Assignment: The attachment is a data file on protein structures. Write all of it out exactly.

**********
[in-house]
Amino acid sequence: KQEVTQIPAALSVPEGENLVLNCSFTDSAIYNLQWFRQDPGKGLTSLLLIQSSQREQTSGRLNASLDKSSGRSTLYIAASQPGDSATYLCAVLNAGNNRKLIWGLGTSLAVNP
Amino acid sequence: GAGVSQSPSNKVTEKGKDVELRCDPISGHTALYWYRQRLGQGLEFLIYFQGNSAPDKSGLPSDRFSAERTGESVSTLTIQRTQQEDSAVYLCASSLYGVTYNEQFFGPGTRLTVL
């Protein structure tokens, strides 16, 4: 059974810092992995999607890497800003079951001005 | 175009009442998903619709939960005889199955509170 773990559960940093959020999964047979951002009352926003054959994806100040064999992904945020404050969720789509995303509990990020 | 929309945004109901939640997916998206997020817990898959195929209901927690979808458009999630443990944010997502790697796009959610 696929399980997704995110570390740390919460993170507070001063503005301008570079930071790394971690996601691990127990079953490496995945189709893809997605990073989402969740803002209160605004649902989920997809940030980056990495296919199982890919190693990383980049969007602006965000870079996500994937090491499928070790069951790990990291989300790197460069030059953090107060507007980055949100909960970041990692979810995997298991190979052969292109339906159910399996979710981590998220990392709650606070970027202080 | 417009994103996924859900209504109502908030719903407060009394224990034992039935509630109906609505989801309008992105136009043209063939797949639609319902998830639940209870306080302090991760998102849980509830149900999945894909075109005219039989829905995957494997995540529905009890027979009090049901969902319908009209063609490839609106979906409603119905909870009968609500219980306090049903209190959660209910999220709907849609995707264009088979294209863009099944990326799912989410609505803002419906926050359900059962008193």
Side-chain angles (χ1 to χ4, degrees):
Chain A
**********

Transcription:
[in-house]
Amino acid sequence: KQEVTQIPAALSVPEGENLVLNCSFTDSAIYNLQWFRQDPGKGLTSLLLIQSSQREQTSGRLNASLDKSSGRSTLYIAASQPGDSATYLCAVLNAGNNRKLIWGLGTSLAVNP
Amino acid sequence: GAGVSQSPSNKVTEKGKDVELRCDPISGHTALYWYRQRLGQGLEFLIYFQGNSAPDKSGLPSDRFSAERTGESVSTLTIQRTQQEDSAVYLCASSLYGVTYNEQFFGPGTRLTVL
């Protein structure tokens, strides 16, 4: 059974810092992995999607890497800003079951001005 | 175009009442998903619709939960005889199955509170 773990559960940093959020999964047979951002009352926003054959994806100040064999992904945020404050969720789509995303509990990020 | 929309945004109901939640997916998206997020817990898959195929209901927690979808458009999630443990944010997502790697796009959610 696929399980997704995110570390740390919460993170507070001063503005301008570079930071790394971690996601691990127990079953490496995945189709893809997605990073989402969740803002209160605004649902989920997809940030980056990495296919199982890919190693990383980049969007602006965000870079996500994937090491499928070790069951790990990291989300790197460069030059953090107060507007980055949100909960970041990692979810995997298991190979052969292109339906159910399996979710981590998220990392709650606070970027202080 | 417009994103996924859900209504109502908030719903407060009394224990034992039935509630109906609505989801309008992105136009043209063939797949639609319902998830639940209870306080302090991760998102849980509830149900999945894909075109005219039989829905995957494997995540529905009890027979009090049901969902319908009209063609490839609106979906409603119905909870009968609500219980306090049903209190959660209910999220709907849609995707264009088979294209863009099944990326799912989410609505803002419906926050359900059962008193």
Side-chain angles (χ1 to χ4, degrees):
Chain A